There were more challenges than I had imagined. Since this film was conceived as a response to these trying times, and because I wanted to produce something spontaneously, I decided to shoot the film in lockdown. This meant that I used my iPhone’s camera to record myself as I acted, used my old phone to record the sound separately and coordinated with two members of my team on Zoom who used software to be able to view the footage while I was shooting it. The scenes were shot in my living room as it is the best lit place in my home. However, we had to shoot over three days once we realised that the light would dramatically change by noon, becoming visibly warmer and more yellow. Once I found a steady perch for the phone to capture the perfect composition, I requested my cook Bharat [Sahu] to help me. I would then run to my position, give my son [Vihaan Das Maskara] instructions as he was a part of the frame, turn the audio recorder on my other phone, ask Bharat to start recording, clap to ensure that the sound and video were in sync and begin to act. Amidst all this chaos, I realised that it was difficult to remember the dialogues I had written word for word, and so I found myself improvising, which was not very challenging because I knew the crux of what was being said. This ordeal reminded me once again that filmmaking was after all a collaborative process. The easiest part of the process was reaching out to other professionals, some of the best in the industry, who readily agreed to contribute to this film remotely in the post production stage.

Although there are many agencies (on paper) to help women, many cases seem to go nowhere and that could be why many women are afraid or reluctant to speak up? In your view, how can they be helped to overcome such doubts and fears?

There are many organisations and NGOs that are fighting the stigma around victims speaking up. Most women are not even aware of their rights, and protection that they are entitled to. As a society we rely too heavily on the legal route and not enough on changing regressive social norms that reinforce discrimination and violence against women. While it is essential that the services that respond to survivors of violence must be strengthened, we, as a society, must work harder to challenge inequality, and stop victim blaming. When we will listen, more and more women will speak up. Bringing domestic violence, so called ‘private matter’, into the public space is an important step in this direction. As women, we need to create a greater sense of sisterhood so that we can share our struggles and help each other.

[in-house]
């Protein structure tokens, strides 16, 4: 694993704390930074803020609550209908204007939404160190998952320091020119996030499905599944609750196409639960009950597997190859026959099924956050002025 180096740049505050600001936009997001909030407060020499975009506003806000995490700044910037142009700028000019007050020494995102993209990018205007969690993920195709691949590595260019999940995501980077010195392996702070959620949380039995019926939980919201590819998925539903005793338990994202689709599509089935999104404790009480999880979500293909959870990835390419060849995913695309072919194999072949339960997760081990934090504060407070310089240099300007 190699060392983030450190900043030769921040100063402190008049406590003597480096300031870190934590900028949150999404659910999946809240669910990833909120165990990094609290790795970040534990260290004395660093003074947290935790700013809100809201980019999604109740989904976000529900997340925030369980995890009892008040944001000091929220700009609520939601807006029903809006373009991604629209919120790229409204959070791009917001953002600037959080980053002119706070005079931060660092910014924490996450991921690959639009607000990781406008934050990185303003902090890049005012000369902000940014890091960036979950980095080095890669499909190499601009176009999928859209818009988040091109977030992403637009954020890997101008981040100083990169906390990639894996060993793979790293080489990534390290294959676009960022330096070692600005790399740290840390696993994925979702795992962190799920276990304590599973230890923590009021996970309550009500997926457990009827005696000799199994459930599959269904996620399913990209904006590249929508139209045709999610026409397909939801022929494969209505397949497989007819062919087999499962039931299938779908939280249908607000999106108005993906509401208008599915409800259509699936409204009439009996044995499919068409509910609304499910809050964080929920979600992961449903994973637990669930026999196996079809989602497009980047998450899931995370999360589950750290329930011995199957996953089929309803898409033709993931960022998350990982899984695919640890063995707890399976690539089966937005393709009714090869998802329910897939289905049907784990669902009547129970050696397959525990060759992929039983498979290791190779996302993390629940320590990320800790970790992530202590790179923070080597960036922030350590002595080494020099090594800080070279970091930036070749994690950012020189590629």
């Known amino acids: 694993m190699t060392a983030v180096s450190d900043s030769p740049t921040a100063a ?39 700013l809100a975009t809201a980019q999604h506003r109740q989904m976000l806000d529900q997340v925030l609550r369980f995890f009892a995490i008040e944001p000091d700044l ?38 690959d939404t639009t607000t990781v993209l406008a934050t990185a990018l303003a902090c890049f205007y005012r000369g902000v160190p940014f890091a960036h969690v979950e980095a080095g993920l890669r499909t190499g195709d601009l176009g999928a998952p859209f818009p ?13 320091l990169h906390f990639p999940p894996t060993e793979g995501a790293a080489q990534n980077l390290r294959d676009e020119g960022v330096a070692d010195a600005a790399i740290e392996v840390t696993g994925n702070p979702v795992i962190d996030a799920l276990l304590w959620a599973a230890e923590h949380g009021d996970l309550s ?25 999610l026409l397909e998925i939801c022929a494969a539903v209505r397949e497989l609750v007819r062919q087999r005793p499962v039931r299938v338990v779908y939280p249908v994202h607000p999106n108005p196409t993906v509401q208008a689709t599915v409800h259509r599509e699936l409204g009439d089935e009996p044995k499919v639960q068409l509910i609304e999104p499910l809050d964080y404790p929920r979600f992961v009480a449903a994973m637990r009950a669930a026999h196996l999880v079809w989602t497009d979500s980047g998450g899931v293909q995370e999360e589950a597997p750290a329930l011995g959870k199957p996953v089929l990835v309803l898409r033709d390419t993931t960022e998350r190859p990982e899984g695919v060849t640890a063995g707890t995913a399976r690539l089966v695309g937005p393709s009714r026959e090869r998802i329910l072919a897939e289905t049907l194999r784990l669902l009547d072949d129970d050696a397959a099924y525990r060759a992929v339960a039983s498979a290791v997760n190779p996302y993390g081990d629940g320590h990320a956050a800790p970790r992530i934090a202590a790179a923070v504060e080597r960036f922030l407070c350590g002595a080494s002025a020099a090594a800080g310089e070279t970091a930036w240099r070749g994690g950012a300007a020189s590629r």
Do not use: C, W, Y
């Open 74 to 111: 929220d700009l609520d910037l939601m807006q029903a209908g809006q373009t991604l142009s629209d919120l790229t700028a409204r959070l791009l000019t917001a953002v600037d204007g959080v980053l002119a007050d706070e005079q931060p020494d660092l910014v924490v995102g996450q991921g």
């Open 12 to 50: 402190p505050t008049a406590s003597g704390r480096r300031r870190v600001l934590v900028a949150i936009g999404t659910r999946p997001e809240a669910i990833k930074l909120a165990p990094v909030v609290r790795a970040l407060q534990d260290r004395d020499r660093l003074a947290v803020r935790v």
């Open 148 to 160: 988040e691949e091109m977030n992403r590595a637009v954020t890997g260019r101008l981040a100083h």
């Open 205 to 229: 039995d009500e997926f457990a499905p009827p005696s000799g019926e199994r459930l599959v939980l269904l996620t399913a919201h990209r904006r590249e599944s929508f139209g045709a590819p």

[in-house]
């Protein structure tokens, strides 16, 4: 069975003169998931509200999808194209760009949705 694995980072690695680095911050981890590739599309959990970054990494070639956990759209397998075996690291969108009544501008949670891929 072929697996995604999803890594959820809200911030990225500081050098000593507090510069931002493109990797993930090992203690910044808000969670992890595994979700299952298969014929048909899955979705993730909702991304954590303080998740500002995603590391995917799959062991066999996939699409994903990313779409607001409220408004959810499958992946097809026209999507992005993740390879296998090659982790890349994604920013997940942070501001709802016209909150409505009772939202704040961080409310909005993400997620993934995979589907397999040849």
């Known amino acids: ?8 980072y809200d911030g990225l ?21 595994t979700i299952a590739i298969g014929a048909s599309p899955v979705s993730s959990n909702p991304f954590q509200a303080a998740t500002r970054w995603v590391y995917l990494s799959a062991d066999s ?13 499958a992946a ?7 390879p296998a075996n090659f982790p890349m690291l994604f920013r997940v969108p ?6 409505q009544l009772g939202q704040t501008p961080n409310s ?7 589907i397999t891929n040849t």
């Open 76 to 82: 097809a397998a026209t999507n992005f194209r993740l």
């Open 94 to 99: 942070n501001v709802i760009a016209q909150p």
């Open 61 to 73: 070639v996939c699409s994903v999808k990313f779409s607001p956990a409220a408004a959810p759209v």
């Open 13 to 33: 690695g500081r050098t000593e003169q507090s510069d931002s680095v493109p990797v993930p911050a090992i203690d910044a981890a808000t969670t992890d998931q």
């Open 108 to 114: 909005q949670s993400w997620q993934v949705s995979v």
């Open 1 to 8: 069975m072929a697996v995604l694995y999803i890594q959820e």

You have consistently, through your films, roles and theatre, become the voice of many women and encouraged them to speak up: against gender discrimination, discrimination on the basis of colour, domestic violence and so on. When you look back, is there one role or film that has given you the most satisfaction?

It is difficult for me to select one role from the 40 films I have done in ten different languages. For different reasons they are important to me, both as a person and as an actor. It is tough to compare the village woman in Mrinal Sen’s Amar Bhuvan with the Tamil Sri Lankan ‘freedom fighter’ in Mani Ratnam’s Kannathil Muthamittal. Or to portray a real-life survivor of gangrape in Bawandar or the women in Fire and Earth by Deepa Mehta. Each of them gave me personally something to feel and think about and I am grateful for those stories I could be part of and the characters I could portray.

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Printable version | Mar 7, 2021 2:50:53 PM | https://www.thehindu.com/entertainment/nandita-sen-has-directed-a-short-film-listen-to-her-on-domestic-violence-which-was-completely-shot-at-her-house-during-the-lockdown/article31702349.ece